Before you start to learn to drive or ride, make sure you meet the eyesight requirements. If you need glasses or corrective lenses to meet the requirements, you must wear them at all times while driving or riding.
Driving is a privilege, not a right, and maintaining good vision is essential for safe driving. Many states have minimum vision requirements that must meet before a driver's license can be issued or renewed to ensure that all drivers have adequate vision.
Eyesight deterioration can be slow, which is why it's so important to have your eyes tested at least every two years or immediately if you notice a problem.
If you have any problems with your eyes other than being long, short-sighted, or color-blind, you must inform the DVLA.
There are three basic legal eyesight standard for driving:
These standards can meet with or without glasses or contact lenses, but glasses must have a corrective power of no more than (+) 8 dioptres; contact lenses have no such limitation. If you need glasses or contact lenses to meet the minimum vision requirements, you must wear them while driving.
Visual acuity is measured using the Snellen scale. A Snellen test usually involves reading rows of letters on a chart, where the letters get smaller the further down the chart you read. On the Snellen scale, normal visual acuity is called 6/6, which means you can correctly read the bottom or second bottom line of the chart.
Having a visual acuity of 6/12 on the Snellen scale, which is the minimum legal requirement for driving, means you need to be 6 meters away from an object to see what a person with good eyesight can see from 12 meters away.
Your field of vision is the area you can see at any one time without moving your eyes. This is measured through a visual field test.
A standard visual field for your left eye is 100° from the center of your vision to your left side, 60° from the center to your right (i.e., towards your nose), 70° from the center downward, and 60° from the center upward. The same is true for your right eye, but the visual field is 100° from the center of your vision to your right side and 60° from the center to your left (i.e., towards your nose).
The legally required minimum field of vision for driving in the UK is 120° horizontally.
The most common eye conditions that can prevent you from being able to drive legally in the UK are:
If you are long, short-sighted, or color-blind, you do not need to inform the Driver and Vehicle Licensing Agency (DVLA). However, if you are long or short-sighted and need corrective glasses or contact lenses to meet minimum vision requirements, you must do so whenever you drive.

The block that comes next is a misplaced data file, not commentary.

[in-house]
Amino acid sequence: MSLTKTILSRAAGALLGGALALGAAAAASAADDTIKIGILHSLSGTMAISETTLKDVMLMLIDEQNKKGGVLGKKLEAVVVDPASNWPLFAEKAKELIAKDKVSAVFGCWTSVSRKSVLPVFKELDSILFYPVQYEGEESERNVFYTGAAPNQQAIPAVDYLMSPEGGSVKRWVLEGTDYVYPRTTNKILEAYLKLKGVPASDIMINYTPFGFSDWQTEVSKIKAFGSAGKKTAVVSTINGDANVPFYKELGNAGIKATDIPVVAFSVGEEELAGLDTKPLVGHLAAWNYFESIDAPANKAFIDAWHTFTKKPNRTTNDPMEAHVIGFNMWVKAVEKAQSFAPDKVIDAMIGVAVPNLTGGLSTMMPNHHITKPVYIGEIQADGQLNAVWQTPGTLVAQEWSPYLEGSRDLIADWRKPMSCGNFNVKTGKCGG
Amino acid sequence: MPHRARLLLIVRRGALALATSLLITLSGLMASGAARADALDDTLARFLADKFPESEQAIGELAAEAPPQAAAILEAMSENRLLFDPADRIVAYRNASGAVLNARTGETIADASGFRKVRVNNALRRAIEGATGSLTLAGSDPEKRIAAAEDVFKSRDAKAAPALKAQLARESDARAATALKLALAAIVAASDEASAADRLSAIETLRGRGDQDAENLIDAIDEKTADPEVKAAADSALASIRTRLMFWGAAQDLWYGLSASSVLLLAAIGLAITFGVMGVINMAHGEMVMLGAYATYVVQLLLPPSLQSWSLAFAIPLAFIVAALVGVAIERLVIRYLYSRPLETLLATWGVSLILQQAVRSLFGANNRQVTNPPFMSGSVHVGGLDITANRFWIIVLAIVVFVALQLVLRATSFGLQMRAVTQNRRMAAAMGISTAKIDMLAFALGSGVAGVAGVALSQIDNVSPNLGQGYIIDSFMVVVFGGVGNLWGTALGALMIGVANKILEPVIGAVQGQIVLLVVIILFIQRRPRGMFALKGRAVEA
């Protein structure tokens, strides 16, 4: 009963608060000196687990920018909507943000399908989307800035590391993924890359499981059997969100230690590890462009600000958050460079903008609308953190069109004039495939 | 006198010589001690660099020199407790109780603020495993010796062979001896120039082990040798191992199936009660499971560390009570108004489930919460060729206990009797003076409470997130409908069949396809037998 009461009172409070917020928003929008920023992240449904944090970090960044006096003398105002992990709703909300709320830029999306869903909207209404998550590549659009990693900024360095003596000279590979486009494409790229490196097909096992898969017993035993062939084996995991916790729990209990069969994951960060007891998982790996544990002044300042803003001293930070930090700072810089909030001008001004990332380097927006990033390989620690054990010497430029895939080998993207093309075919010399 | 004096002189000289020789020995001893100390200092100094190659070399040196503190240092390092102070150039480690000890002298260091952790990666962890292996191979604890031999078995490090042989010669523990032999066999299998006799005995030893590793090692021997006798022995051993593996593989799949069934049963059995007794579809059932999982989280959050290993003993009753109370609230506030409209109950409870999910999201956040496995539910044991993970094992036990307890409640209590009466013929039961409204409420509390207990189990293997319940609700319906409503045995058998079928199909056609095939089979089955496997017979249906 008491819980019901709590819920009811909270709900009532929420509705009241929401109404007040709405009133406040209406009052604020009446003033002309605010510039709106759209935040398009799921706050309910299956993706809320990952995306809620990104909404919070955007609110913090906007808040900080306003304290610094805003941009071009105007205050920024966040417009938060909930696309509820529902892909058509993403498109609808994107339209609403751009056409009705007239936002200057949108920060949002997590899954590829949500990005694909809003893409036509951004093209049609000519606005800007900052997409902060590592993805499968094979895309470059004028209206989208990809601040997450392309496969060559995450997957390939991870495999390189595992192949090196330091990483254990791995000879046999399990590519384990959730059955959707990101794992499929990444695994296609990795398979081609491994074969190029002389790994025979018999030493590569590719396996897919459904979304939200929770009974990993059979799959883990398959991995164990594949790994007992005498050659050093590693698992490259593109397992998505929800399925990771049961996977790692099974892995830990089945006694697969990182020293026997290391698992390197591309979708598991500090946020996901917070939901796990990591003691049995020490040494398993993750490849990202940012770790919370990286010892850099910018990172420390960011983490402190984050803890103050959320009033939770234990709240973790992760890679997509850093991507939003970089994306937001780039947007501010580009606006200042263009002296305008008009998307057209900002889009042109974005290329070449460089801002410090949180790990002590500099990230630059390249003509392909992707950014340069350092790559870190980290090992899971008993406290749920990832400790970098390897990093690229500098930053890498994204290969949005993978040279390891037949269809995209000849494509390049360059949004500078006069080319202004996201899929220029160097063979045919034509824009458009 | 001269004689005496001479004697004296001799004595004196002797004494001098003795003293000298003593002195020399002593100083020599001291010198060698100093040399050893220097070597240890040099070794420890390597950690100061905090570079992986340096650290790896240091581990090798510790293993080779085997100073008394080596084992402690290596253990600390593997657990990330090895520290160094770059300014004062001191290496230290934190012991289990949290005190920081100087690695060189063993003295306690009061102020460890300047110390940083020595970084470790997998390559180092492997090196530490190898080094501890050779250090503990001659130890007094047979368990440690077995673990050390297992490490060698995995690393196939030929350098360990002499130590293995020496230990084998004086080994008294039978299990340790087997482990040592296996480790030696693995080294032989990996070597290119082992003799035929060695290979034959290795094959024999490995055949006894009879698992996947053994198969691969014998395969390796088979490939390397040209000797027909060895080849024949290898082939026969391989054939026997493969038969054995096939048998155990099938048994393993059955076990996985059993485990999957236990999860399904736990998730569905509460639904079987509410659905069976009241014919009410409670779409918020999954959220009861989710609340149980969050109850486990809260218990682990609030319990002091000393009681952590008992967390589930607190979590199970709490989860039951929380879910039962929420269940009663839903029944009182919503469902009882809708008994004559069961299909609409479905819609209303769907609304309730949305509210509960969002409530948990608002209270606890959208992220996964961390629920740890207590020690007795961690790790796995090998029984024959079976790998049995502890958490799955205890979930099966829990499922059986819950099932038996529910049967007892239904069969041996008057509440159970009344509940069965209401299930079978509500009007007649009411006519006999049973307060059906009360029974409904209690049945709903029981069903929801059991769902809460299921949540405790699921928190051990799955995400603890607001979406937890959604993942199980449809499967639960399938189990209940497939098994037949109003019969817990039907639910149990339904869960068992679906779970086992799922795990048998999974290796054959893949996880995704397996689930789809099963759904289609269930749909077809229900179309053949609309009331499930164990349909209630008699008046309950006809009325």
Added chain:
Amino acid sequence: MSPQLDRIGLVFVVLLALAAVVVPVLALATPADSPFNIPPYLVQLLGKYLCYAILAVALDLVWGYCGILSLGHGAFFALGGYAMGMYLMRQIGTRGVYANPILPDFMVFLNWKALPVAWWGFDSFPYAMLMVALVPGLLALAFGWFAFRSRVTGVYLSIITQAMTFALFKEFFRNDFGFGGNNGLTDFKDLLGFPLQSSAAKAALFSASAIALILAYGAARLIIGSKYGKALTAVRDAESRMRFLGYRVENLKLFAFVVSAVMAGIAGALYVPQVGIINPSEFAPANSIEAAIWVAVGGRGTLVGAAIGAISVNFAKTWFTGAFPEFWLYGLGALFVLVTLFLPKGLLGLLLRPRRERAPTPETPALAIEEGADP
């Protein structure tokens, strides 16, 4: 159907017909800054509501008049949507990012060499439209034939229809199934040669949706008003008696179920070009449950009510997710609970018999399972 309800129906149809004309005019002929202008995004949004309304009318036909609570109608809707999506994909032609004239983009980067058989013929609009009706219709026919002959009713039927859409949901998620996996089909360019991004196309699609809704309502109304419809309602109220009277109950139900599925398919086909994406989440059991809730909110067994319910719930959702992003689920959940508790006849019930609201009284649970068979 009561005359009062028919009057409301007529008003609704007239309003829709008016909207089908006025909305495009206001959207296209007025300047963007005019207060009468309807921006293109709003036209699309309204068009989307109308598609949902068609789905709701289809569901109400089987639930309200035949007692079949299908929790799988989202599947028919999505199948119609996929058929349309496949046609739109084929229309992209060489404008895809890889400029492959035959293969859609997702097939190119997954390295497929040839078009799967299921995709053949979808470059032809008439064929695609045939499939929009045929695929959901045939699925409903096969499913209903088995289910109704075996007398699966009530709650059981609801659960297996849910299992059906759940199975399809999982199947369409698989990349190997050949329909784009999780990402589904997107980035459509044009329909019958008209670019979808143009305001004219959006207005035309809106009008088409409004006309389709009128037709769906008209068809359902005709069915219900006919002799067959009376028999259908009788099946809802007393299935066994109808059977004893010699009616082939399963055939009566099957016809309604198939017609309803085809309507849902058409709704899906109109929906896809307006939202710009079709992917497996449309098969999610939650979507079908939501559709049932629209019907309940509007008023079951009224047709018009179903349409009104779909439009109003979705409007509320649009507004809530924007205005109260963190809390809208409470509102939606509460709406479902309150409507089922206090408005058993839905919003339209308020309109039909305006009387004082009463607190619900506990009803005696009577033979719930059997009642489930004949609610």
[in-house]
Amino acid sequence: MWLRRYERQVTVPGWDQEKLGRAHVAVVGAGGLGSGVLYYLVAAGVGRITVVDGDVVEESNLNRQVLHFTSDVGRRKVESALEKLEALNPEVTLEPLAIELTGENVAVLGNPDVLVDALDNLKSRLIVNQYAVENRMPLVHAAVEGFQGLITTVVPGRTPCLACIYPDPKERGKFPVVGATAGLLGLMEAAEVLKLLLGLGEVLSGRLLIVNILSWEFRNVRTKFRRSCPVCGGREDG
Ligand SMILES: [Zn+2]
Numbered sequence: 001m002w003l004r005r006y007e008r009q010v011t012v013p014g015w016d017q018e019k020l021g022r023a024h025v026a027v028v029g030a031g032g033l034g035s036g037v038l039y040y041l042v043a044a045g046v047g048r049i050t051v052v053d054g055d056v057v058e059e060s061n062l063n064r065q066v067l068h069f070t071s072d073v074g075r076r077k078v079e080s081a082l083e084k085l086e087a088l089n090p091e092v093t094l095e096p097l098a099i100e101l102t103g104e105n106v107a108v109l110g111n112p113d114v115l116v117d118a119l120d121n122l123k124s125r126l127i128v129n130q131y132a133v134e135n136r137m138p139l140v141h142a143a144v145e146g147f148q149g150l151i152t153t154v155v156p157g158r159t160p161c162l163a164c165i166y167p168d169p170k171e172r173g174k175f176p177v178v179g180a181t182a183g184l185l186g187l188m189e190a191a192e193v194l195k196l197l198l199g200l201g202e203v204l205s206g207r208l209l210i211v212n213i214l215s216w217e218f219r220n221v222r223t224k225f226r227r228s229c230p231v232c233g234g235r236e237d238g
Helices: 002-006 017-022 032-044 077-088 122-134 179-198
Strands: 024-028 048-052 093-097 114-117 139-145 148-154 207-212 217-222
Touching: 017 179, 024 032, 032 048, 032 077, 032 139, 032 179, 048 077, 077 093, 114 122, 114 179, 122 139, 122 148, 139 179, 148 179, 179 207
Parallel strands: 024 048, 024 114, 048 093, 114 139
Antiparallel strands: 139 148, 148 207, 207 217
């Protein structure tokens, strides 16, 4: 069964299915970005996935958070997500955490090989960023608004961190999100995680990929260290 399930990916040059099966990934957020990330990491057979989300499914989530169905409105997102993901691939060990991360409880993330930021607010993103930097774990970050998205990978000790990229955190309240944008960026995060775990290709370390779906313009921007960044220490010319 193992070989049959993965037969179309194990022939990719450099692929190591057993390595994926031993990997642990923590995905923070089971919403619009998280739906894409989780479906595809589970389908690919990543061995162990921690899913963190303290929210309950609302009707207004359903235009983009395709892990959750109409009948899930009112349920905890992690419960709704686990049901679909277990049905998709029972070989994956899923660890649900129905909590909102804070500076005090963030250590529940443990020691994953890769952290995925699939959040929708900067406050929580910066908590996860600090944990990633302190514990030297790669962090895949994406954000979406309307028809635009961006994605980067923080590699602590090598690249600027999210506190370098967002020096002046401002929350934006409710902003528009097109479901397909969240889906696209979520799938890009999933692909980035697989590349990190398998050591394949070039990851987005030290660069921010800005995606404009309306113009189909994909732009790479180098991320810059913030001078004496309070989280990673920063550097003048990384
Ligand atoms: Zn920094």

If you have any other eye conditions that affect both of your eyes or your remaining eye, if you only have one eye, you need to inform the DVLA. This may include having cataracts.
If you have cataracts in one or both eyes, driving can present some challenges, such as difficulty while driving at night, in the rain, in high traffic, or while parallel parking. However, whether or not you need to notify the Driver and Vehicle Licensing Agency (DVLA) depends on the extent of your cataracts and if you meet the minimum vision requirements for driving.
If you only have a cataract in one eye and your vision still meets the minimum requirements, you do not need to inform the DVLA and can continue to drive as usual. On the other hand, if you have cataracts in both eyes or your vision does not meet the legal requirements, you must notify the DVLA.
If cataracts prevent you from meeting the legal driving requirements, cataract removal surgery may be an option. This procedure is highly successful and typically quick and straightforward. The surgery aims to restore your vision to meet the minimum vision requirements for driving.
After you have recovered from cataract surgery, you should schedule a visit with an ophthalmologist to ensure your eyesight is stable and meets the legal requirements for driving. An ophthalmologist is a medical doctor specializing in diagnosing and treating eye conditions.
Regular eye exams are important for maintaining good vision and ensuring that any vision problems are caught and treated early.
Adults are generally recommended to get their eyes tested at least every two years, regardless of whether or not they are drivers. However, if you have certain eye conditions, such as glaucoma, or other health conditions that may affect your eyesight, such as diabetes, your ophthalmologist may recommend more frequent eye exams.
For drivers, regular eye exams are essential. If you are a driver aged 70 or over, you are legally required to renew your driver's license every three years, and it is strongly advised to have an eye test before doing so for your safety and the safety of others on the road.
If you notice any symptoms such as a dark spot in your vision, a noticeable decrease in your eye or blurry vision, difficulty reading road signs or spotting pedestrians, or glare or halos when looking at oncoming headlights or streetlights. In that case, it's essential to schedule an eye exam as soon as possible with an ophthalmologist, a medical doctor specializing in diagnosing and treating eye conditions.
Eric Johnson is a Kerala-based eye wear expert and entrepreneur. He is one of the directors of Ejones Opticals, a company dedicated to providing the highest quality eye wear products at the most affordable prices. Eric has been in the eye wear business for over 10 years, and has a deep understanding of the industry. He is passionate about helping people look and feel their best through the right eye wear. Eric is committed to using his expertise to create stylish and functional eye wear that is tailored to each individual's needs.